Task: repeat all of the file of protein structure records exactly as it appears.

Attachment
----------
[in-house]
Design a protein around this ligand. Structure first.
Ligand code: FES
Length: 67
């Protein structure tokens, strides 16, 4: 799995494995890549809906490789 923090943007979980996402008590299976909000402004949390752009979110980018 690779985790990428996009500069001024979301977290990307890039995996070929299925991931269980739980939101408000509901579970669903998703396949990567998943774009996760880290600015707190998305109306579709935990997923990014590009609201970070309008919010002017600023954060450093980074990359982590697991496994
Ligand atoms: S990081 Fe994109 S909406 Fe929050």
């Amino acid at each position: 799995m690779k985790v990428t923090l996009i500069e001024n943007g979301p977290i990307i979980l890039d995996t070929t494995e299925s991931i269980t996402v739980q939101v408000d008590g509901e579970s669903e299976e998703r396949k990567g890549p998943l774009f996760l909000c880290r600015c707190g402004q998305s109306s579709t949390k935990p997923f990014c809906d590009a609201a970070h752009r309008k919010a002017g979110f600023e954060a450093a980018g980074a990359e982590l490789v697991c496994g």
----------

[in-house]
Design a protein around this ligand. Structure first.
Ligand code: FES
Length: 67
């Protein structure tokens, strides 16, 4: 799995494995890549809906490789 923090943007979980996402008590299976909000402004949390752009979110980018 690779985790990428996009500069001024979301977290990307890039995996070929299925991931269980739980939101408000509901579970669903998703396949990567998943774009996760880290600015707190998305109306579709935990997923990014590009609201970070309008919010002017600023954060450093980074990359982590697991496994
Ligand atoms: S990081 Fe994109 S909406 Fe929050």
């Amino acid at each position: 799995m690779k985790v990428t923090l996009i500069e001024n943007g979301p977290i990307i979980l890039d995996t070929t494995e299925s991931i269980t996402v739980q939101v408000d008590g509901e579970s669903e299976e998703r396949k990567g890549p998943l774009f996760l909000c880290r600015c707190g402004q998305s109306s579709t949390k935990p997923f990014c809906d590009a609201a970070h752009r309008k919010a002017g979110f600023e954060a450093a980018g980074a990359e982590l490789v697991c496994g």